Rishi Sunak Rejects Call for Britain to Apologise for Slavery and Pay Reparations

During Prime Minister’s Questions on Wednesday, Labour MP Bell Ribeiro-Addy directly asked Rishi Sunak if he would be willing to make a “full and meaningful apology” for Britain's historical role in slavery. Ribeiro-Addy had been reflecting on the life of former Tottenham MP Bernie Grant, also the founder of the Africa Reparations Movement, which prompted her to pose the question. Sunak responded with an unequivocal "no", claiming that it is "not the right way forward.” This comes shortly after the Heirs of Slavery group - descendants of some of Britain’s richest slave owners - also call on the government to face up and apologise.

UK Police ‘Regret’ Coronation Day Protests Amid Rights Concerns

Among the crowds of onlookers for the King's coronation last weekend were a small percentage of peaceful protestors. They held signs such as "not my king" and "abolish the monarchy." However, the police reacted aggressively to their presence. Six people were arrested on the suspicion of intent to protest, and thus prevented from exercising their democratic right. The Met Police have apologised for this and cancelled these individuals' bail. A total of 11,000 police lined the streets who made 64 arrests. The civil rights group Liberty called the police action "embarrassing" and accused the Met of being "all too happy to use and abuse those powers.”

Eurovision is ‘the Biggest Space on Earth’ for LGBTQ+ Fans

This Saturday is the final of the Eurovision Song Contest, an event that is a highlight of the queer calendar, a celebration of pop music that has provided groundbreaking LGBTQIA+ representation on stage over the years. The UK entry, Mae Muller, has spoken about how she always wants her shows to be safe spaces for everyone and how Eurovision itself feels “like the biggest safe space on the planet. [...] it feels very accepting."

The event is being held in Liverpool this year as a joint effort with Ukraine, last year's winners, who are unable to host in their country due to the war. 



I’ve Worked in Precarious Jobs for More Than 10 Years – Here’s What Unions Should do to Support Migrant Workers

"The cost of the uneaten food is more than I make each day. I wonder if the customers have considered the pain that goes into the food they enjoy upstairs, just above our heads."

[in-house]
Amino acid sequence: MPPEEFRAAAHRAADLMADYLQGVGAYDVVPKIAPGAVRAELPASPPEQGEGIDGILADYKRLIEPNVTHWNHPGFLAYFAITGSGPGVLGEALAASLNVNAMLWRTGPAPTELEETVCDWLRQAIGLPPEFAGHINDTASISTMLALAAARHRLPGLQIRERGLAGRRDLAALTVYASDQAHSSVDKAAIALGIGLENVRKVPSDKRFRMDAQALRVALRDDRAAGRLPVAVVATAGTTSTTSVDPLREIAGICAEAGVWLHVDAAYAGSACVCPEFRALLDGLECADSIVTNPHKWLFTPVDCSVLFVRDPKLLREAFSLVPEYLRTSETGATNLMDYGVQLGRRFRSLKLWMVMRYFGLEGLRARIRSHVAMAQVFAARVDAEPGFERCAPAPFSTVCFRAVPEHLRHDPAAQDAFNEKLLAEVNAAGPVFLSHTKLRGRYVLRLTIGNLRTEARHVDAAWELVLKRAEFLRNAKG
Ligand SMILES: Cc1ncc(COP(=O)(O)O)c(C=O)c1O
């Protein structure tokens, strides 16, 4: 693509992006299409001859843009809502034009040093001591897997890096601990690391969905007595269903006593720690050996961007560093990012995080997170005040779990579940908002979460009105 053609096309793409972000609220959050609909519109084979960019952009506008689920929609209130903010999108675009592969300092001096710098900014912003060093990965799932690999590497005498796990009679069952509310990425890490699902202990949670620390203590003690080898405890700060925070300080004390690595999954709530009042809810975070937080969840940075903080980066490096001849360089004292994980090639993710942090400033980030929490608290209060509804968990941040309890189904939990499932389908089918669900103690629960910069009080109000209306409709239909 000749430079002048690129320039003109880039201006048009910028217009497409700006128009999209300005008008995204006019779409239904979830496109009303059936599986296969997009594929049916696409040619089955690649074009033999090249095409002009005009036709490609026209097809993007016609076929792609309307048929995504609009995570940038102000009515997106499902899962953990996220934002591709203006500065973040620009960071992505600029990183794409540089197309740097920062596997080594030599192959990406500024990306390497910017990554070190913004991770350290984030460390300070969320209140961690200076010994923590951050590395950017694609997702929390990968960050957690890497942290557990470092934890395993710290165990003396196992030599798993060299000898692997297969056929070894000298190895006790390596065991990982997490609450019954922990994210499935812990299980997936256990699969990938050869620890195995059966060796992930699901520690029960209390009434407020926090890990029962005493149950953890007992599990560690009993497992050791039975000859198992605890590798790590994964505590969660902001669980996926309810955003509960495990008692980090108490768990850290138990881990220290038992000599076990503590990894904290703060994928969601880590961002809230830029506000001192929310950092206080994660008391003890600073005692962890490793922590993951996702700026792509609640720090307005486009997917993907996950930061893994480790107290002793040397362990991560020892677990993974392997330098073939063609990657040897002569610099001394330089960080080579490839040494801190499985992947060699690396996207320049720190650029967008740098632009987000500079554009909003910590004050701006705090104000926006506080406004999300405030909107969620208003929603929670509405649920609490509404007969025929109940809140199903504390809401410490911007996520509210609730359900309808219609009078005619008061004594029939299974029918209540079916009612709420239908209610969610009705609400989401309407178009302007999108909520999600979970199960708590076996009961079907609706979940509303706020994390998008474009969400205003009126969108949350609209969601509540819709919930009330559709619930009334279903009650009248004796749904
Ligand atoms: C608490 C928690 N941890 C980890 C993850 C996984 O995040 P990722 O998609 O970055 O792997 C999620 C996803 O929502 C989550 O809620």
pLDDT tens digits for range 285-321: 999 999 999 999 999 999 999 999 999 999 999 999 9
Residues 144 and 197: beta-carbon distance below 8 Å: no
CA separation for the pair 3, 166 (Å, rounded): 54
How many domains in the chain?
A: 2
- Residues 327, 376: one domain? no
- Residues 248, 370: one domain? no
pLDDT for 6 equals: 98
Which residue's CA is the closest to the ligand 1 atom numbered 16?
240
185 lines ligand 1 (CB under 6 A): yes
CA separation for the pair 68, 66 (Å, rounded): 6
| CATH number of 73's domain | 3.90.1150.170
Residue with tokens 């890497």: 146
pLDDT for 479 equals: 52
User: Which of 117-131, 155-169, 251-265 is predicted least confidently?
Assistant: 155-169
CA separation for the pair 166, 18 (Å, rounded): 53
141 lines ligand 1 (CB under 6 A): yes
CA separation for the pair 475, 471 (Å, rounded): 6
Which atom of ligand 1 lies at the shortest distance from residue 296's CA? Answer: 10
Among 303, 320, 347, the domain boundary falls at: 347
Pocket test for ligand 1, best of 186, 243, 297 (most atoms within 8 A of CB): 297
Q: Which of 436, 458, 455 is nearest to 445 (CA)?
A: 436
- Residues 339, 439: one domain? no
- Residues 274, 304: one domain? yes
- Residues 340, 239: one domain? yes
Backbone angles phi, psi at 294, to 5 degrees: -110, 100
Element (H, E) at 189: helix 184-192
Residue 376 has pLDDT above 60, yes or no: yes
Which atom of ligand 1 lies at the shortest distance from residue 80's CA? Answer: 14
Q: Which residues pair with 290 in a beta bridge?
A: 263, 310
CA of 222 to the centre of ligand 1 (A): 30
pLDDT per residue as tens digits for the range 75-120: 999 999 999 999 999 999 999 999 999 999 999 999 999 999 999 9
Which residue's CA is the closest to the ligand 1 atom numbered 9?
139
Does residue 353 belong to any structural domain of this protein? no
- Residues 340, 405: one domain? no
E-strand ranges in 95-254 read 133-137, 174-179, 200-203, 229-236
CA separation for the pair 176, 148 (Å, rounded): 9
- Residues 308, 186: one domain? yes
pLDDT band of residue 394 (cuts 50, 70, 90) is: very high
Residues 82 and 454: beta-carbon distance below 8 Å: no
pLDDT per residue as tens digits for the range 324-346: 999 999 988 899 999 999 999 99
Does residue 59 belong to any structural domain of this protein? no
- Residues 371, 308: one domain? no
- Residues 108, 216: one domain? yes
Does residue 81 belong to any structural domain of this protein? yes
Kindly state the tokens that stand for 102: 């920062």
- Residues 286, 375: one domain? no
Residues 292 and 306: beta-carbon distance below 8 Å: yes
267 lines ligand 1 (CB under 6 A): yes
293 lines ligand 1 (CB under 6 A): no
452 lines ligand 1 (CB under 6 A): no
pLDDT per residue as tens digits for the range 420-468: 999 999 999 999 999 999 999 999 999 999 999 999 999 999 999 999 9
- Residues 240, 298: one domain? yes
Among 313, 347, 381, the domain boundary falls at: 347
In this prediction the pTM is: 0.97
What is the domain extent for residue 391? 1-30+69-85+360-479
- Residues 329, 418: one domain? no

A migrant worker and trade union organiser has conducted a self experiment by taking on a number of different jobs around Glasgow between 2017-2021 and analysing the conditions. What's missing from the media rhetoric around migrants, they explain, is how heavily we rely on their labour, but also actively seek it out in order to exploit it. Migrant workers occupy some of the most labour-intensive jobs - they are about 18% of the UK’s total labour force in sectors often marked by long and unsociable hours, zero hour contracts and lack of union representation. More must be done to bring these workers together as a collective and amplify their voices.

Why Three-Day Weekends are Great for Wellbeing – and the Economy

The abundance of bank holiday weekends recently have given many of us a welcome taste of what a four-day-working week could look like. Our bank holidays this year have reached a record nine, which is still fewer than any EU country. National holidays have been shown to have a small but positive effect on economic activity, as well as a morale boost on citizens. In well-documented four-day-week trials, workers felt less stress, less burnt out, less anxiety and reported a better work-life balance. However, the effects of public holidays are less long-lasting than a permanent reduction in working hours.

More Than 8 Million Ukrainian Refugees Have Fled to Europe but Only 1 in 3 Have Found Work

Around 18% of the population of Ukraine have fled the war and relocated in new countries. They have been afforded the right to work and Europe has been in the midst of a labour crisis - yet so many Ukrainian migrants remain out of work. The UNHCR interviewed 17,000 of the refugees and found that a large proportion were either not in work, in low paying jobs far below their qualifications, or employed in informal positions without protections. Many of the refugees are women who require flexible jobs to work around childcare, or they just don't have the access to seek out the right kind of jobs. Employers need to tap into this talent pool in a "sustainable" way by seeking guidance on hiring refugees and adapting their workspace, utilising job-matching mechanisms, and other benefits that would support their integration in the workplace.